Family to Family Beirut: Hampstead mum’s £65k charity effort to help vulnerable after Lebanon explosion
- Credit: Archant
For the past fortnight, a Hampstead mum has been co-ordinating emergency relief to those affected by the explosion in Beirut that killed more than 200 people.
Sarah Sakaan, who was in the Lebanese capital dealing with a family bereavement – her husband is Lebanese – when a huge blast in a warehouse destroyed much of the city on August 4.
She has raised more than £65,000 through her Family to Family Beirut project.
She told the Ham&High about delivering food parcels and clean water, how she has been helping the Lebanese people to begin to rebuild, and how her friends in Hampstead have rallied around the cause.
READ MORE: Teenage cyclists fundraise for Lebanon after ‘horror’ at explosion in BeirutShe said: “It’s two weeks since the explosion. People are still very much in shock and the city is just a mess. It’s not as bad as it was – the streets have been cleaned up, and most of the debris has been moved out, but homes are still in a state of disrepair.
“People are very scared. They have been through 15 years of war but for many those 30 seconds have done more damage.”
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Sarah said the scale of the explosion was hard to comprehend.
“It’s like if zones 1 and 2 in London had been obliterated. It’s not like if something had happened in Belsize Park and you could take shelter in Hampstead. Three of the main hospitals have been damaged – it’s like if the Royal Free and UCLH had been bombed out and you had to travel down to Homerton.”
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She was staying with her mother-in-law when the explosion happened.
She said: “We were just sitting there and suddenly we heard a blast, and didn’t know what it was. It shook the whole room. It was this almighty bang and we thought it must be an earthquake.”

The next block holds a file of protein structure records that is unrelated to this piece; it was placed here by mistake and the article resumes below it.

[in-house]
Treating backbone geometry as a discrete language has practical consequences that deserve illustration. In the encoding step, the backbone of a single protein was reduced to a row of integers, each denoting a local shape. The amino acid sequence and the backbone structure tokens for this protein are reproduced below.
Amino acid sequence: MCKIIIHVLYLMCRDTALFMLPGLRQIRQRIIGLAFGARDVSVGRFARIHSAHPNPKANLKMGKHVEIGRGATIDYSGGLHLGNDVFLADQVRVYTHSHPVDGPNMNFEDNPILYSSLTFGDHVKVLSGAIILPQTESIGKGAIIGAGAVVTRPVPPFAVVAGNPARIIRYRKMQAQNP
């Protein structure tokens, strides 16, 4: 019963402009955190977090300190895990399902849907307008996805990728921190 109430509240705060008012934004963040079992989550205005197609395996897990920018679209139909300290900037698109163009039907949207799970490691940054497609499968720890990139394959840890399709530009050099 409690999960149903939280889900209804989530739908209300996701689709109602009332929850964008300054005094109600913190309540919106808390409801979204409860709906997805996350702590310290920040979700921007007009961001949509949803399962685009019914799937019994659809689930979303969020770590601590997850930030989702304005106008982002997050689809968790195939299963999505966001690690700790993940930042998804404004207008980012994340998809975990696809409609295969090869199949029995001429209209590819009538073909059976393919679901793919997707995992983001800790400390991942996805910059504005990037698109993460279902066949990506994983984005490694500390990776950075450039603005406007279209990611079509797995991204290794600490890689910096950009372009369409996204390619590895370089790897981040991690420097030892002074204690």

As soon as the impact of the explosion became clear, Sarah and her family were determined to help.
“Simply because we were here, we knew we were going to do something to help, but we would have only been able to help one or two families,” she added. “My friends in north London, all of the school mums in Hampstead and St John’s Wood started to phone and ask: ‘are you ok, what can we do?’
“All of those people really encouraged this.” Since then, the fundraising has surpassed what Sarah thought possible. “I thought about £5,000 would have been pushing it, but that would have been amazing. And we’re now at nearly £65,000. It’s really incredible.
“I would say perhaps a third of the money raised has come from Hampstead. There have so many extremely generous people in our networks.”
In the days following the blast Sarah’s priority was working alongside NGOs to get food to those who needed it. Now, she is helping to co-ordinate the beginnings of a monumental rebuild.
Her campaign is partnered with local charities Beit el Baraka and Nusaned.
She said: “The immediate relief effort was providing food parcels, and helping the NGOs. Now it’s the big projects and helping to repair homes. Many people don’t have windows or doors or secure accommodation. When it’s so hot – 35 to 38 degrees – it’s really hard, we’ve been providing four or five gallons of water to people just so they can do their daily chores.
“We’ve got a team of handymen together, too.”
Sarah, who along with her husband spent a month volunteering at a refugee camp in Greece during the refugee crisis, had a finance background before taking a break to care for her children – one of whom is set to receive his GCSE results tody. During the pandemic, she was involved in the Hampstead Volunteer Corps (HVC).
She explained: “I had been helping with HVC and worked in the food bank on a Saturday. That’s certainly helped me to put together food parcels here. This is on a different scale entirely though.”
Sarah and her family are now set to return home so her son can receive his grades and the family have time to self-isolate for a fortnight before the school term begins in September.
She said it was surreal to see the stress building around exam results back in the UK, adding: “It’s odd, we have been through explosion but what really makes me nervous now is the GCSE results.”
The family are planning to continue the fundraising back in the UK. She said: “This is a long term crisis, and it just can’t be fixed in a month or two months.
“The heart of this city has been put out of action.”
She said the next step is to encourage UK charities and the UK government to get more involved in the relief effort.
To help support the Family to Family Beirut campaign, visit familytofamilybeirut.com/